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The University of Utah's Independent Student Voice

The Daily Utah Chronicle

The University of Utah's Independent Student Voice

The Daily Utah Chronicle

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Niedrich: Procrastination doesn’t pay

By Anastasia Niedrich

Every year around this time, millions of procrastinating Americans flock to post offices and other mailing stores to postmark their tax returns before the midnight deadline on April 15.

The ones that aren’t flocking to physical mailing establishments are likely either sweating potential penalties and audits they might get from the IRS for failing to file their return on time or flocking to a computer to file their tax returns or extension requests electronically.

Just how many Americans procrastinate filing their taxes until the last possible second? According to the IRS, more than 20 percent of all taxpayers — around 30 million people each year.

This seems ridiculous to me for several reasons.

First, businesses are required to send out 1099-S and other tax forms by Jan. 31 every year. When businesses mail out their tax forms late, they risk incurring penalties and losing deductions from the IRS, among other things. Many businesses, therefore, choose to send out all of their tax forms, including W-2 that most of us use to file our taxes, by Jan. 31.

That means that most of us have the tax forms we need to file our income taxes by the first week of February, or about two-and-a-half months before the April 15 deadline.

Second, filing your tax returns is quick and relatively painless for most people, especially us college students who shouldn’t have complicated tax situations at this point in our lives.

Taxes can be filed electronically online via the IRS’ e-File program 24-7. According to the IRS, filing your taxes online is the quickest and most accurate way to file. Electronically filed returns have a 1 percent error rate compared to 20 percent for paper returns. This is important to keep in mind because generally, the more errors your return has, the more likely you are to get audited. Everything needed to e-File is available at

Third, there are many free programs that you can use to file your taxes. The IRS even offers a free tax preparation and filing service called Free File. Although the program does have some income, residency and other restrictions, the majority of people who make less than $54,000 annually qualify for the free help and filing services.

So, when people have about a quarter of every year in which to find time to file their taxes and can do so easily for free or for a low cost, why do so many of them still procrastinate?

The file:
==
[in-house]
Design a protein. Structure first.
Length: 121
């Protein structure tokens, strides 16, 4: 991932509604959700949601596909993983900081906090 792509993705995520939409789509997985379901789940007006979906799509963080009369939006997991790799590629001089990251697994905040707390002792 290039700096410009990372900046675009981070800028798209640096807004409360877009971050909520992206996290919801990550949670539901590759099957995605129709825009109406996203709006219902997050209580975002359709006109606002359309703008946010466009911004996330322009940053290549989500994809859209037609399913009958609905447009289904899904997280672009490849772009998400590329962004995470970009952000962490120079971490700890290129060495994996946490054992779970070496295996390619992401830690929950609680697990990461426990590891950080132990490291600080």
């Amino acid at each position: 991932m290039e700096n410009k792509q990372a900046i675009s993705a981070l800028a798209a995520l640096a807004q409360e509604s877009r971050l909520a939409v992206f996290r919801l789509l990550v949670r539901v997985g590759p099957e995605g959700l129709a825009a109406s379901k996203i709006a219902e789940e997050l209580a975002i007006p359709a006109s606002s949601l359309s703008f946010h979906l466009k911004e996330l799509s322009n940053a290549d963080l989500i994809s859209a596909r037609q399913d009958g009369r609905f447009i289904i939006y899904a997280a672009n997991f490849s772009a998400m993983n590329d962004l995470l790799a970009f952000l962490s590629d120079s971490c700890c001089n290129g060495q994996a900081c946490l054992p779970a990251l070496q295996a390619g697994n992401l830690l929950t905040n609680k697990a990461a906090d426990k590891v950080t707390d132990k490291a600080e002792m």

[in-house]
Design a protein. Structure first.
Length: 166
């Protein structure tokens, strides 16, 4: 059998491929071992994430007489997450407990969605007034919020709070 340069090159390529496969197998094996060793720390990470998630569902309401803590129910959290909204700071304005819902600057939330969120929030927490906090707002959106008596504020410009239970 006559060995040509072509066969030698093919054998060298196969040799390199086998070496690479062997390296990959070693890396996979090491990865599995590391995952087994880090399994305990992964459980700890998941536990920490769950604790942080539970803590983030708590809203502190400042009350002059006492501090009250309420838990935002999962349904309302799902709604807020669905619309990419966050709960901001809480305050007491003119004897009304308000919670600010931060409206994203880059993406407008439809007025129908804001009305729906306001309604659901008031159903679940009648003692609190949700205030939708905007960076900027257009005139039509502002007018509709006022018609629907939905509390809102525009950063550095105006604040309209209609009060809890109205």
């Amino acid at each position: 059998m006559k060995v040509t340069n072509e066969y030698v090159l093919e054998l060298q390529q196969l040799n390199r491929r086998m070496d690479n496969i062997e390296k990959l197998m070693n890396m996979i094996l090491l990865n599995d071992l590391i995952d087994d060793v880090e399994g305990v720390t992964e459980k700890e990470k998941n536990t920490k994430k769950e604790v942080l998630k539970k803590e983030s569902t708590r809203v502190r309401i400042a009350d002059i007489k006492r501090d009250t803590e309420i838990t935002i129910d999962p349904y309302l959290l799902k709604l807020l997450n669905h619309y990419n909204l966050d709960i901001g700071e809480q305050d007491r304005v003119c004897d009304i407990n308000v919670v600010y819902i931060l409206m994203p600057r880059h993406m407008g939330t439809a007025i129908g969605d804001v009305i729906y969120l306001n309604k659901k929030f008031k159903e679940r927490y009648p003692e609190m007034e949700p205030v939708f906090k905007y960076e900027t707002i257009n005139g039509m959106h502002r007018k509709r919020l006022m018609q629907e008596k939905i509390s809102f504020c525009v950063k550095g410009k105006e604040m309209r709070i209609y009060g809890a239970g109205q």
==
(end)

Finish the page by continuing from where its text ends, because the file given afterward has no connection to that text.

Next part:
Some of the explanations procrastinating tax filers offer for their tardy tax filing include not wanting to pay the IRS money they owe for as long as possible.

I guess the logic goes that if you know you’re going to owe the IRS money before you file your taxes, you should put off paying them for as long as possible so that you’ll have your money for longer. This doesn’t make sense to me. I’d rather pay my debt sooner and worry less than have it hang over my head, but maybe it does make sense for some people. I guess it depends.

Even if that makes sense, what doesn’t make sense is that about 30 percent of tax returns filed at the “last minute” — during the week of April 15 — are tax returns where people will be getting money back, not paying it out.

I don’t understand procrastinators, but then again, I’ve never been one to procrastinate. I’m the type of person that usually completes the assignment the day that they get it and then spends the rest of the time until the assignment is due working on other things or, very rarely, relaxing.

It just doesn’t make sense to me why anyone would want to put something off to the last minute that can be done and not stressed about today. For that reason, and also because my mother is someone who has to process all of these procrastinators’ tax returns, I have a real hard time feeling sorry for people who pay for procrastinating.

Now, I’m sure there are some situations that make for good reasons to procrastinate filing your taxes or other things. If there were a death in the family late in the year or something else that complicates a tax situation, it makes sense that it would take more time to deal with that, resulting in a last-minute filing. But I doubt that most last-minute filers are in such situations.

Procrastinating can lead to all sorts of terrible outcomes depending on the situation, including not getting done what needs to get done on time, missed opportunities, fines and other punishments, failing grades and more.

If you’re a procrastinator, whether it’s with filing your taxes, doing your homework or anything else, please consider the price of procrastination. Ask yourself if you really want to risk a negative outcome in a given situation by “putting off till tomorrow what you can do today.” Doing things early means less stress and more time later down the road, and we could all use less stress in our lives.

Please, for my mother’s, the IRS’ and your own sake, don’t procrastinate.

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